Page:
Electric Bass Guitar or Upright Bass?

Recently I got back into playing jazz standards. These tunes are timeless, the swing is second to none, there is room over the melodies to improvise, and there is some opportunity for decent pay at some local lounges. But in order to play this style of music, and perform gigs properly, an upright bass is often required—or is it?

It seems that most upright bass players have been or are currently exploring a more viable option of transitioning over to an UEB, or upright electric bass.  For example, I recently asked world renowned bassist Jen Leitham if she could recommend any decent UEB’s. She told me she had recently been out to visit Eminence basses, and that she would recommend one. The price is in the $2500 range, for a bass that has a removable neck for travel.  The only UEB’s I’ve heard live were Jimmy Bruno’s bassist in the 1990’s playing at JJ Grottos in Philly, and Sting from the Police in the 1980’s. These UEB’s are essentially just an ebony neck, with an electric pickup. The Eminence does a nice job emulating the upright sound, without the player having to lug around a full size, or even a ¾ size upright.  You also don’t have to worry as much about temperature changes and humidity issues affecting the instrument.

Upright basses are difficult to travel with (try fitting one in one of these new, hip electric cars), they can be temperamental with the weather changes, and in most cases are still required to be plugged into some sort of amplification.  They also require more effort to play, and can result in quicker arm fatigue, due to the higher string action, and tension required to finger the strings.  But of course, they have that unmistakable thump and overall warm, yet percussive tone.

Leo Fender unveiled his Fender Jazz bass in 1951, and its slim fast neck was aimed at jazz players. The player had a great deal of tone control, since (he) was playing through an amplifier. They could also turn up quite loud without having to worry about feedback.  While I am lucky enough to own a Fender Jazz Bass, I feel it is a better fit for roundwound strings and a bright punchy tone—but that’s just what I use it for.  While the Fender P basses tend to have the most bottom end, the necks are just too wide for fast playing styles, such as jazz.  I also own an old Rickenbacker bass, which most players know for their bright trebly tone. However, the Rics were really designed, to be used for jazz. With flatwound  strings, they really have a smooth, mellow tone to them. This is great for jazz. The only problem is that the Rics tend to lack overall bottom end, so there is no way to get them to “thump” like an upright bass.

Fortunately, a friend of mine recently lent me his electric Hofner bass. At first, it was actually tough to play—the strings were really close together,  the short scale was different,  and  it needed to be played gently—no spanking or the strings would not stay on the bridge.  But after getting used to, the bass was almost impossible for me to put down. I could easily play it for several  hours without getting any arm fatigue, which is important for me since I also play regular guitar.  I could vary the tone, I could get a thump and a very close upright sound to it, and most importantly for me, it was light. In fact, my friend used to say he’s had sandwiches that weighed more than the Hofner.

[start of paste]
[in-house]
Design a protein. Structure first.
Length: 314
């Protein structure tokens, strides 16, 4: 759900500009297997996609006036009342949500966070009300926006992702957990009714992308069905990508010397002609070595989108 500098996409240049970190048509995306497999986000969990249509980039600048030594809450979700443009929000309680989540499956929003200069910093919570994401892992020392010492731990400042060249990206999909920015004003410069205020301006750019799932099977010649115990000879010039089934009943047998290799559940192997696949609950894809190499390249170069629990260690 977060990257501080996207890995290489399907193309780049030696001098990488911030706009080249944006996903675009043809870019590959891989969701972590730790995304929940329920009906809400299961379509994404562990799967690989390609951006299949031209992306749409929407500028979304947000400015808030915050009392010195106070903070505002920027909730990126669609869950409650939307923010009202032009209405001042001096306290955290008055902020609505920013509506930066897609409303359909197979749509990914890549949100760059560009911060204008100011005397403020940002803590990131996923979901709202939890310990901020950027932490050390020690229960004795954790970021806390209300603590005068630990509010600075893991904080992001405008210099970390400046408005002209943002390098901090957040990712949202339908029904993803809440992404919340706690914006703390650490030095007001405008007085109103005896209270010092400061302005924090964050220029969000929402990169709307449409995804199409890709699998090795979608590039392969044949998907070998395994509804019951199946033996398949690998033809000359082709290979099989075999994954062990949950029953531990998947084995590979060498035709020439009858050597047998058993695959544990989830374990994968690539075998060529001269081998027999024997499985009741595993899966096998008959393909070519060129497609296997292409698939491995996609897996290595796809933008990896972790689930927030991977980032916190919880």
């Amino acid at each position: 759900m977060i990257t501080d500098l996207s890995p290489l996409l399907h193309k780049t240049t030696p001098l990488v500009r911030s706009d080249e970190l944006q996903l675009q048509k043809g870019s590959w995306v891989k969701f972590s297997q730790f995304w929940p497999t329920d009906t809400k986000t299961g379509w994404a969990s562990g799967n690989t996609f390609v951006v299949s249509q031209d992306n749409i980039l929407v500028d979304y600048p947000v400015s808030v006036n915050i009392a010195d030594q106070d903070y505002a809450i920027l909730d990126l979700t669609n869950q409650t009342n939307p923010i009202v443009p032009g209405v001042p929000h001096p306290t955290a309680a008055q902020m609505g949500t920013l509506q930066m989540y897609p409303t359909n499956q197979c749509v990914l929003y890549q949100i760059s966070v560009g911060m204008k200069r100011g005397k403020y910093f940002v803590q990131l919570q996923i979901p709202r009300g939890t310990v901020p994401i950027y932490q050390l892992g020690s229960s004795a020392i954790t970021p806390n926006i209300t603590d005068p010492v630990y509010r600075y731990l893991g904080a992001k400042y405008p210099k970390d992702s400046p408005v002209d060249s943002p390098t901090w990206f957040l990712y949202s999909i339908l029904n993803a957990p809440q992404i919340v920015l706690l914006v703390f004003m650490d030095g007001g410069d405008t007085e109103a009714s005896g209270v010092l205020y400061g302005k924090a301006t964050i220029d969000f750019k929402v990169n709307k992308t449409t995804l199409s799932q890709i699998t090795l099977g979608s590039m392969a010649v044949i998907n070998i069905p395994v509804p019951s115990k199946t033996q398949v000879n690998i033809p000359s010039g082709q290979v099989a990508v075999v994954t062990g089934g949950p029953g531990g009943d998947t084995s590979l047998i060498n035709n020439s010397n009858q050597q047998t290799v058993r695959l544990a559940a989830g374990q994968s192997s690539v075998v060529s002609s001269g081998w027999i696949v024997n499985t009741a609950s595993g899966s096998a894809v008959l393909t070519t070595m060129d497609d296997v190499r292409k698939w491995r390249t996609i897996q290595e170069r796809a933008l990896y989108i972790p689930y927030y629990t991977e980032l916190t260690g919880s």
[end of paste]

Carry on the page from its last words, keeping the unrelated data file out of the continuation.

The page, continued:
So, since then, I’ve been sold on the Hofner basses. Jen Leitham endorses them. They sound great, and you can hear all of the notes. For me at least, I have trouble hearing all of the notes on a more percussive upright bass, and sometimes, even renowned players miss the proper notes on their uprights.  The only downside I have at the moment is not being able to really spank it or play too hard—which actually may be a good thing when playing lounge music.

Here is a live standard called “Perdido” that features Ben Green on vibes, Vince Piselli on guitar, and me on my Hofner club bass. The creaking sound, is me sitting on an old piano bench. But hey, live is live…


About George Righter

Musician, Hiker/Camper, and proud Dad. President of RighterTrack with expertise in barcoding, label printing, security label solutions.

07. November 2011 by George Righter
Categories: Music | 1 comment

One Comment

  1. I was one of those bass players playing with Jimmy Bruno in the early 90′s, though not with a UEB. My mentor, Craig Thomas, was Jimmy’s go-to guy and I was audacious enough to talk Craig into sometimes letting me play with Jimmy when he couldn’t do it himself.

    By that time, the question of upright vs. electric for jazz came up more often than I cared to mention. My tastes leaned more to Jaco Pastorius than Milt Hinton so, one day when my beautiful, hand carved Andrew Schroetter upright developed a crack longer than my arm, it somehow proved to be the catalyst to have it repaired, and sold, the funds from which I used to commit to electric through and through (I picked up Anthony Jackson’s old Fodera 6-string after they had built him another).

    From then on I made it a point never to bow to anyone’s preconceived notions of what Jazz should and should’t be. After all, Bebop and Fusion, the two types of Jazz I loved the most were founded by a bunch of coke snorting, heroin shooting virtuosos who played any instrument they wanted and did it better than anyone else in the world, regardless of whatever biases had been developed by the previous generation.

    Jazz is a fantastic wonder of classics like Perdido, re-imagined night after night through improvisation, sweat and a kind of honesty you can’t fake. The instrument you choose to do it on is arbitrary as long as you have a brilliant command of it.